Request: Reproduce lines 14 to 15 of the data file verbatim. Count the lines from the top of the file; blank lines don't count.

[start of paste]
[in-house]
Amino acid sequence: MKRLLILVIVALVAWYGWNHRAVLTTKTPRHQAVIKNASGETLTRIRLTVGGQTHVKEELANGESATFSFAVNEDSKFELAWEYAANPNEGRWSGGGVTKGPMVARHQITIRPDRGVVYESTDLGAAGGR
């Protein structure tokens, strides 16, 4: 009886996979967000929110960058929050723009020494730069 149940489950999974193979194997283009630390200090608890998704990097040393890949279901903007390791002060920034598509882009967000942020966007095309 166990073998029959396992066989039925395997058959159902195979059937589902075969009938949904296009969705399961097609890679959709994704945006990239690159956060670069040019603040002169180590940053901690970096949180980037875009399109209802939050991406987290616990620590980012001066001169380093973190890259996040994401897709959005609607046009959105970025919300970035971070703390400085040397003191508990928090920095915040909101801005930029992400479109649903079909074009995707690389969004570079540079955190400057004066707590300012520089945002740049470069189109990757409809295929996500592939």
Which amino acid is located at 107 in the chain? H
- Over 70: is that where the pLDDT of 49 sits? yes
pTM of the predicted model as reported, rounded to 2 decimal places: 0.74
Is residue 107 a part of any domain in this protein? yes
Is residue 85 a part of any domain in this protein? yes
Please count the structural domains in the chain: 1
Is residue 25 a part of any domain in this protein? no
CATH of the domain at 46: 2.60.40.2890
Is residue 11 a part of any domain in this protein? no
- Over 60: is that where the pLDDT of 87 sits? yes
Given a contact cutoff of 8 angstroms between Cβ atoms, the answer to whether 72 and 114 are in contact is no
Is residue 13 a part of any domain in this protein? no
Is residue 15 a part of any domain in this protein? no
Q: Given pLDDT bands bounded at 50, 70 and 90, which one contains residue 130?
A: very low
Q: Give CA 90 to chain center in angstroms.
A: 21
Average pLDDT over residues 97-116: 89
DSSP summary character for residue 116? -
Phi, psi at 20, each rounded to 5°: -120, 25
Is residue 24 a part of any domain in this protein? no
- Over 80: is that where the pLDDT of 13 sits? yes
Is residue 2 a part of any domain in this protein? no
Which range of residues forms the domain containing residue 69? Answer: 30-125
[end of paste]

Given a contact cutoff of 8 angstroms between Cβ atoms, the answer to whether 72 and 114 are in contact is no
Is residue 13 a part of any domain in this protein? no